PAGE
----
TAXES

Finance planning.
Ken Teegardin / Creative Commons / flickr.com/photos/teegardin

While President Trump's federal tax changes have been associated with some companies paying out big bonuses, much of its impact on residents, communities and states is still unclear. State House News Service reporter Matt Murphy tells us whether lawmakers in Boston have a good grasp of the tax bill's implications.

Cash.
Ed Ivanushkin / Creative Commons / flickr.com/photos/barsen

Tax collections in December left Massachusetts flush with an unbudgeted windfall of cash, and have exceeded estimates by $728 million. 

The week after Christmas is usually a short and slow one for town officials in New Paltz, N.Y. — but not this time.

"When we opened town hall Wednesday we had almost 100 voicemails from people inquiring about how they could prepay their taxes," says Daniel Torres, the town's deputy supervisor.

And the phones kept ringing. People started lining up. Torres says the clerk's office has a only few people working in it.

"The clerk's office was so overrun. After a certain while we couldn't even pick up the phones anymore," he says.

Electricity lines.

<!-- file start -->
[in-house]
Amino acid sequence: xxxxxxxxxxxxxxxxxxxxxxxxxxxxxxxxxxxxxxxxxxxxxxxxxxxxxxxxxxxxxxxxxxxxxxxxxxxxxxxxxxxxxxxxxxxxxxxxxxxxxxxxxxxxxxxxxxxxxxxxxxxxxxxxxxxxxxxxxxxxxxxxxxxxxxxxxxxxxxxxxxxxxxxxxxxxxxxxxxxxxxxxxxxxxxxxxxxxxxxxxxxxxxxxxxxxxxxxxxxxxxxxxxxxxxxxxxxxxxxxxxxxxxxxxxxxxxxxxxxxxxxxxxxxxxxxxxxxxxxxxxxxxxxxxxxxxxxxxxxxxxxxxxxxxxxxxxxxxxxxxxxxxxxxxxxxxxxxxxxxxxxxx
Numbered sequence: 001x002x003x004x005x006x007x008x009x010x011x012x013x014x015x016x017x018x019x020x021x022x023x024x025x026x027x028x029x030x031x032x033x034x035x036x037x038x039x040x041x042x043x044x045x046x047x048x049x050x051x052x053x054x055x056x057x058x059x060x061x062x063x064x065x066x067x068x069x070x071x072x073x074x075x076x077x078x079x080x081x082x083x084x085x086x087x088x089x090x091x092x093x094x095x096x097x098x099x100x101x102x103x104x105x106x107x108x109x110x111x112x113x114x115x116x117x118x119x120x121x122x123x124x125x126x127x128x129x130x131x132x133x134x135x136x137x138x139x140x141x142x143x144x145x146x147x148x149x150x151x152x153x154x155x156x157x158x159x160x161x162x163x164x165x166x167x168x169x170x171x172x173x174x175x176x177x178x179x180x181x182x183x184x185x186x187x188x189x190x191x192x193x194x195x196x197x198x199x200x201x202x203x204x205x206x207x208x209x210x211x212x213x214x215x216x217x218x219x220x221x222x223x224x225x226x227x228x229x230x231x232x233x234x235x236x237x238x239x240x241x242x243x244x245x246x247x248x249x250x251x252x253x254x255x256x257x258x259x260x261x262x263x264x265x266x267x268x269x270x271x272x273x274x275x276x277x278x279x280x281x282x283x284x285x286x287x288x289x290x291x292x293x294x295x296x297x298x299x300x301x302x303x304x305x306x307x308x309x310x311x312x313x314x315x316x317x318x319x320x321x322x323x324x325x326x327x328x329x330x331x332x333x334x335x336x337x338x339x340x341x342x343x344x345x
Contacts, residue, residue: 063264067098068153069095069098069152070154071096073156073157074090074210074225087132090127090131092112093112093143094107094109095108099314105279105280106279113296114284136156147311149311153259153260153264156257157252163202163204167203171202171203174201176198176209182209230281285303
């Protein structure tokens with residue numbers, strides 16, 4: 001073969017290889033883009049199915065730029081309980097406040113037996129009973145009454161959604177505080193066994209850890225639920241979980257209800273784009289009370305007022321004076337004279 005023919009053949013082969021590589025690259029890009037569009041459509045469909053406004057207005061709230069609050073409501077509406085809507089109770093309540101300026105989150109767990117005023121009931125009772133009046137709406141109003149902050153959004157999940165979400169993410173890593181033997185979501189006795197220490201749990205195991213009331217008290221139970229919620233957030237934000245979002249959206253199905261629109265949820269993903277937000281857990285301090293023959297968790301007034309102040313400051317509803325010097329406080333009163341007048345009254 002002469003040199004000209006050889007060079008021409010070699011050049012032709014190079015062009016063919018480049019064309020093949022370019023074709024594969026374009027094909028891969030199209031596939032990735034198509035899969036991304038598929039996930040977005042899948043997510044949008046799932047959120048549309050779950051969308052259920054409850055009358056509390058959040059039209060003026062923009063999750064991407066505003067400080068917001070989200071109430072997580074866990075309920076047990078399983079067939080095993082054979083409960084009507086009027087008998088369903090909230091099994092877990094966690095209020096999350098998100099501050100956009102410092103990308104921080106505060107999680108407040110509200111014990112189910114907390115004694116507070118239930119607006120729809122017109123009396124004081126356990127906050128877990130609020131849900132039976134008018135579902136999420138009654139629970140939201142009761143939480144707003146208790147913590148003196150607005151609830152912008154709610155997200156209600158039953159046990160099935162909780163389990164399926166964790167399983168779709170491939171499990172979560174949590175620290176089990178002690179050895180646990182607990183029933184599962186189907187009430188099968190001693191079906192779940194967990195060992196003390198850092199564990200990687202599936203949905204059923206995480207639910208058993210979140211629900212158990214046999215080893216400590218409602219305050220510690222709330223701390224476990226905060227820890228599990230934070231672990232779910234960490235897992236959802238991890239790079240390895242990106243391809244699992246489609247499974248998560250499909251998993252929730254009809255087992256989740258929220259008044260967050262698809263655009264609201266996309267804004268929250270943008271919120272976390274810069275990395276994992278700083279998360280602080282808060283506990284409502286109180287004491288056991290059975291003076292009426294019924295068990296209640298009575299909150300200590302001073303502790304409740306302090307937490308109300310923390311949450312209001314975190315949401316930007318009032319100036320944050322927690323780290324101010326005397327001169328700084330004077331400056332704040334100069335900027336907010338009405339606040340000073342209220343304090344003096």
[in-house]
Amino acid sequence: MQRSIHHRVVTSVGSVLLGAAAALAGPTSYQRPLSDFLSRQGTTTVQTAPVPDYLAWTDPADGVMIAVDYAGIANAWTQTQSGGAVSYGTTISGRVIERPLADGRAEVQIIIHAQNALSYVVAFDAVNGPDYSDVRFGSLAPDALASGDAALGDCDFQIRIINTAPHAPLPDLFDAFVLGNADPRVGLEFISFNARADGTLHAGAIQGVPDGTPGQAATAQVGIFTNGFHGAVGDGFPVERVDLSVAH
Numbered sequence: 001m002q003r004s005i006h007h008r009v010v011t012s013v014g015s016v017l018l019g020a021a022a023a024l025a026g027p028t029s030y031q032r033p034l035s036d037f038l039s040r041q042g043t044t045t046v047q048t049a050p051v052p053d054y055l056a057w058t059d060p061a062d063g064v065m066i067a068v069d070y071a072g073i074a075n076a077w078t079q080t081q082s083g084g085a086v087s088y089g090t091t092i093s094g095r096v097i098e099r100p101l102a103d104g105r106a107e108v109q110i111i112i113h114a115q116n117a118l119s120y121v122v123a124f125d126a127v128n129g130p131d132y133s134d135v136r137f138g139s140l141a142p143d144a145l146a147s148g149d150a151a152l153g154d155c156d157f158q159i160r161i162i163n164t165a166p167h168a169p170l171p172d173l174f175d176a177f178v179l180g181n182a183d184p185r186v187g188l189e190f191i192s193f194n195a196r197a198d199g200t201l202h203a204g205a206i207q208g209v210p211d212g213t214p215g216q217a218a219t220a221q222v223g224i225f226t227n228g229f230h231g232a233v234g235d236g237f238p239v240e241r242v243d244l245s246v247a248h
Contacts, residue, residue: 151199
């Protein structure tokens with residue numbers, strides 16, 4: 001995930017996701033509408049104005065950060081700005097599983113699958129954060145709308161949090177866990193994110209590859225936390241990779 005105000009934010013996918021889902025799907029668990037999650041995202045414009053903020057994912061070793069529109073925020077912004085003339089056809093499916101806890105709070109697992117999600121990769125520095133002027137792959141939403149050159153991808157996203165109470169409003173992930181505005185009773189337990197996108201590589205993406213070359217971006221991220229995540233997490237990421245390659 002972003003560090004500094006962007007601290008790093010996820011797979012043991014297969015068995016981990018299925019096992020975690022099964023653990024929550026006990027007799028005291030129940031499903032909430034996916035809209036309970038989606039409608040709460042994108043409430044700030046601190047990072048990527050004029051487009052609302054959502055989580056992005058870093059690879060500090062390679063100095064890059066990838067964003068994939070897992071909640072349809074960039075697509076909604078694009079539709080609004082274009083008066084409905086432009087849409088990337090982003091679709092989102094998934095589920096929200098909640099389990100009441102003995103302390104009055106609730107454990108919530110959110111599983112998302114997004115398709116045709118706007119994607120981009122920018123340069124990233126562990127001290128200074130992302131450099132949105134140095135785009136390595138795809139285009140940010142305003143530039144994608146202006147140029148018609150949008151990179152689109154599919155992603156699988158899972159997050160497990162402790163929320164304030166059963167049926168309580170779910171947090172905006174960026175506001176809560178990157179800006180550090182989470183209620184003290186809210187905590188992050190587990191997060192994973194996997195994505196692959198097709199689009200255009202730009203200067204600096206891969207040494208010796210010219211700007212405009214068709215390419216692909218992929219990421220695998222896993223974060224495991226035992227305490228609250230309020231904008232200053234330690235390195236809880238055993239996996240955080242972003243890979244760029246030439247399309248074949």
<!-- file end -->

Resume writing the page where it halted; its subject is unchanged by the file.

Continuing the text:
pxhere / Creative Commons

Some Eversource customers who braced for higher charges could end up paying less for their electricity after the energy company proposed changes based on the new federal tax law.

A glitch in the Republican tax overhaul has created an uncertain future for Newman’s Own Foundation and the food company it operates.

Cash and income tax forms.
Pictures of Money / Creative Commons / flickr.com/photos/pictures-of-money

With the new year comes a new tax code, and some nonprofits are concerned changes to the tax law could mean fewer donations in 2018.

Cash and income tax forms.
Pictures of Money / Creative Commons / flickr.com/photos/pictures-of-money

For the second straight year, the Massachusetts income tax rate will not automatically drop in 2018.

When you file your 2018 income taxes, you might notice that the standard deduction has essentially doubled. Exemptions will likely be eliminated and in its place, you might see a larger tax credit per dependent claimed. But it also raises at least one other big question: will you give as much to charity?

Republicans in Congress are promising that their tax bill will create jobs. One place where we know it's going to create a lot of work is at the IRS.

That agency will have to figure out how to interpret and implement the hundreds of pages of changes to the tax code that were just passed, at a time when it is already struggling with budget cuts and staff reductions.

The Trump administration says it's already working with the IRS to update tax forms and withholding tables, promising that most taxpayers will notice a difference in their pay stubs by February.

Updated on Dec. 22 on 12:02 p.m. ET

Congressional Republicans delivered on their first major legislative accomplishment of the Trump era on Wednesday, when the House voted 224-201 to pass a $1.5 trillion tax package. The bill cuts individual rates for eight years and slashes the top corporate tax rate to 21 percent permanently.

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